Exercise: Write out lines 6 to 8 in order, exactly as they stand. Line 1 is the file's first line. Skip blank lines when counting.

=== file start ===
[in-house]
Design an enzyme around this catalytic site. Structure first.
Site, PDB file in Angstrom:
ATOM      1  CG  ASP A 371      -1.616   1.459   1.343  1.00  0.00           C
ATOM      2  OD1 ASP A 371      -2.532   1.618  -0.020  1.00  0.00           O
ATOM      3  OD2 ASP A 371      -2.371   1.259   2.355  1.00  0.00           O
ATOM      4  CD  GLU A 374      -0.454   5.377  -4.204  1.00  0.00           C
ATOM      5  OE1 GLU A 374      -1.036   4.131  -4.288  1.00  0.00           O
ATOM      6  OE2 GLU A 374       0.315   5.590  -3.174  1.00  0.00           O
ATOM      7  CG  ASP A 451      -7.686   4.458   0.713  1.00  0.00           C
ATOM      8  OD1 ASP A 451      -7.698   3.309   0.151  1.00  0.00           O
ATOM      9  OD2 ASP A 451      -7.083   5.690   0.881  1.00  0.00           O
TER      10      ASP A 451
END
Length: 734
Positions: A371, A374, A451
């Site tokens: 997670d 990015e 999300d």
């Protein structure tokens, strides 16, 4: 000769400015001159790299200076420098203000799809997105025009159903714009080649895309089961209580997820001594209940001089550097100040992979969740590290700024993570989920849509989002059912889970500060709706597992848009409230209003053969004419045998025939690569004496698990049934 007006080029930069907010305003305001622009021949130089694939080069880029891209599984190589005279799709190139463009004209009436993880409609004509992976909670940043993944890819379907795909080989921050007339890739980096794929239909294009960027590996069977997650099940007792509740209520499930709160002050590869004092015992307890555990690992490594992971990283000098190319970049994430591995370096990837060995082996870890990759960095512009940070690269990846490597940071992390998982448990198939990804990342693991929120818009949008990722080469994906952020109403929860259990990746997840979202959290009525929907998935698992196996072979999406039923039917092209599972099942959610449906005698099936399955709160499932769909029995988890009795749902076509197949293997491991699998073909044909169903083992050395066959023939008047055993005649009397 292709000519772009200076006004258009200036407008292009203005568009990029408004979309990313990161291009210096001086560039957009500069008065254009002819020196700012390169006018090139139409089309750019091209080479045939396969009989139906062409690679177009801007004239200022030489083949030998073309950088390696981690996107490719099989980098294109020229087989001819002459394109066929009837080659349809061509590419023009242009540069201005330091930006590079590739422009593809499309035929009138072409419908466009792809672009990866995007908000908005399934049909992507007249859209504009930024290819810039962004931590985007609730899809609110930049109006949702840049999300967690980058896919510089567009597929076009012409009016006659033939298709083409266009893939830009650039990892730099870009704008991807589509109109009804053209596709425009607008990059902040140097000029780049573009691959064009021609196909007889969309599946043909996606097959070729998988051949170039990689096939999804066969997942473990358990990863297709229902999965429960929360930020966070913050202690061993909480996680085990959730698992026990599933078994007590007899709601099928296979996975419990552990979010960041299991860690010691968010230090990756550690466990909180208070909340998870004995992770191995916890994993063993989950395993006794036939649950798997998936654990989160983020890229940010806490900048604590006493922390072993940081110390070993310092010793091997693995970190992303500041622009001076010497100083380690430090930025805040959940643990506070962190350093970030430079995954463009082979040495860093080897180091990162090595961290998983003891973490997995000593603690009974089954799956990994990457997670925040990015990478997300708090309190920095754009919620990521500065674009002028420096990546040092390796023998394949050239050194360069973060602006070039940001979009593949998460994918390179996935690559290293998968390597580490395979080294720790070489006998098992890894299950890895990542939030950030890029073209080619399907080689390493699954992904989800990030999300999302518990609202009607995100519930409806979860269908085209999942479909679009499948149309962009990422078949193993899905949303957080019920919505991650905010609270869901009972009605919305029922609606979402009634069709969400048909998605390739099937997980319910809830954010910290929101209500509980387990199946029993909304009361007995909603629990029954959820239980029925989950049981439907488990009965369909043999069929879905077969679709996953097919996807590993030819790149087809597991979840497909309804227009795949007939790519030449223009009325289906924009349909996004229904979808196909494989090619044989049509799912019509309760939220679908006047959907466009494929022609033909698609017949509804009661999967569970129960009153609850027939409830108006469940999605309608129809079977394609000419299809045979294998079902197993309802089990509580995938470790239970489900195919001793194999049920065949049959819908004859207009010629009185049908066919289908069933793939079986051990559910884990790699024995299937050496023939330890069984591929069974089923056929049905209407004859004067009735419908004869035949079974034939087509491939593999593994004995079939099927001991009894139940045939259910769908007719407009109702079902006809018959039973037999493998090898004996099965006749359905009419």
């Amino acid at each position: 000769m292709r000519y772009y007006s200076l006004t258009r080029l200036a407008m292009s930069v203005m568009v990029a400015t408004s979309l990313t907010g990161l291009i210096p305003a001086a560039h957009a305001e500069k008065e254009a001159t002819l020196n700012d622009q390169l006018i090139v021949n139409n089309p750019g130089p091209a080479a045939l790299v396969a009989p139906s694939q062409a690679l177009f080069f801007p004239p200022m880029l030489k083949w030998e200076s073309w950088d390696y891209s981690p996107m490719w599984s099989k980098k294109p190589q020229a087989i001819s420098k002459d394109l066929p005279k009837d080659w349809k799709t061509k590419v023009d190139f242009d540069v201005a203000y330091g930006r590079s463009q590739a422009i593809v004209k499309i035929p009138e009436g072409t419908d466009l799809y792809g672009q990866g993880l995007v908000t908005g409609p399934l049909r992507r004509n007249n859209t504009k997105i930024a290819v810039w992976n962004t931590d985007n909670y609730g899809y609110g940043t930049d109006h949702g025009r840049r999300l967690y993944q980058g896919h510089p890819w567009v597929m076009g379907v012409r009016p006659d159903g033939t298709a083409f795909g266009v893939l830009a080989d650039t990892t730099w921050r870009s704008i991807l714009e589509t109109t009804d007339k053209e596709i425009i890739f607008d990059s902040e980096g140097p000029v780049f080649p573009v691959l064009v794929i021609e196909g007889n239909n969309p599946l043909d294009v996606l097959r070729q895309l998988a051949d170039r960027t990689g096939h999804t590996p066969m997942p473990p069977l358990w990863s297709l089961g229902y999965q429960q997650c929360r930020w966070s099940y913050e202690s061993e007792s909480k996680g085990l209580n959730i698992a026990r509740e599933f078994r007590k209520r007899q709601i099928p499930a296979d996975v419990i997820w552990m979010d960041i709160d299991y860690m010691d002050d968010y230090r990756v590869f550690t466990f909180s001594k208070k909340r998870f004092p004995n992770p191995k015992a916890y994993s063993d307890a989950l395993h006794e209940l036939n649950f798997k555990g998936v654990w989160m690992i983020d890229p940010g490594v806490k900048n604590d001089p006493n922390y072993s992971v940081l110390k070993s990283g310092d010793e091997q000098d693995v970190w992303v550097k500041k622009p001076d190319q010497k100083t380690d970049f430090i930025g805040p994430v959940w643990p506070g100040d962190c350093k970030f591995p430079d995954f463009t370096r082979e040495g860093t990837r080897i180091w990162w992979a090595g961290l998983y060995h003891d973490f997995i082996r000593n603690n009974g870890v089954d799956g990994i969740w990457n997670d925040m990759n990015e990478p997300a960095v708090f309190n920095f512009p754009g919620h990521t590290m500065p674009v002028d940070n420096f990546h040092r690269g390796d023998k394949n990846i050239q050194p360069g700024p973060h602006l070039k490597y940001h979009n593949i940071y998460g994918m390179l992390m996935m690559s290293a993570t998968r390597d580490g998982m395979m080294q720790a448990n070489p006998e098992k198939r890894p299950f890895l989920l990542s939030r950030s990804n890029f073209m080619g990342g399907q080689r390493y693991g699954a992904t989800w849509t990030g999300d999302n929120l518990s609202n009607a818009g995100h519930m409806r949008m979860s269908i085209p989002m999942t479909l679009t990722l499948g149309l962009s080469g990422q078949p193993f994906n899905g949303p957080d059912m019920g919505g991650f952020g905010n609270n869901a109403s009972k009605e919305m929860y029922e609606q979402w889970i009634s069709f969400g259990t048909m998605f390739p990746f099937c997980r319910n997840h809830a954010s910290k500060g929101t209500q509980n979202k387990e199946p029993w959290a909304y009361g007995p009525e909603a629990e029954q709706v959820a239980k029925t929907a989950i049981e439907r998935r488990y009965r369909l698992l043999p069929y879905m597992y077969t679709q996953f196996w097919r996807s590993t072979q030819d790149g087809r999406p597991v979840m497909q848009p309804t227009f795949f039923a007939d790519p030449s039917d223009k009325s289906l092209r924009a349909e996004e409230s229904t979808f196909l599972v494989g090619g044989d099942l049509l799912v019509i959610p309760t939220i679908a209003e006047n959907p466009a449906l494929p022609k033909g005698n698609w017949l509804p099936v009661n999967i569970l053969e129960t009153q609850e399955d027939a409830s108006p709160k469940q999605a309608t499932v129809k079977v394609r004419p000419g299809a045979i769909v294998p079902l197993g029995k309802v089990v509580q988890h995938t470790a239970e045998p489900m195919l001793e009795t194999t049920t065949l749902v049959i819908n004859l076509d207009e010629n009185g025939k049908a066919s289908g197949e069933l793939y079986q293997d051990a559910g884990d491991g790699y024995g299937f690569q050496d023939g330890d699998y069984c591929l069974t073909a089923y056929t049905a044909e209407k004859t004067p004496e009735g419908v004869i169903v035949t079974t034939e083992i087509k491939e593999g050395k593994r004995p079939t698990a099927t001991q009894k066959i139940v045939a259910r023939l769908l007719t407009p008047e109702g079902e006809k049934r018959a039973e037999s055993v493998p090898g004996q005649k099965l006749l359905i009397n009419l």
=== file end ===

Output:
ATOM      3  OD2 ASP A 371      -2.371   1.259   2.355  1.00  0.00           O
ATOM      4  CD  GLU A 374      -0.454   5.377  -4.204  1.00  0.00           C
ATOM      5  OE1 GLU A 374      -1.036   4.131  -4.288  1.00  0.00           O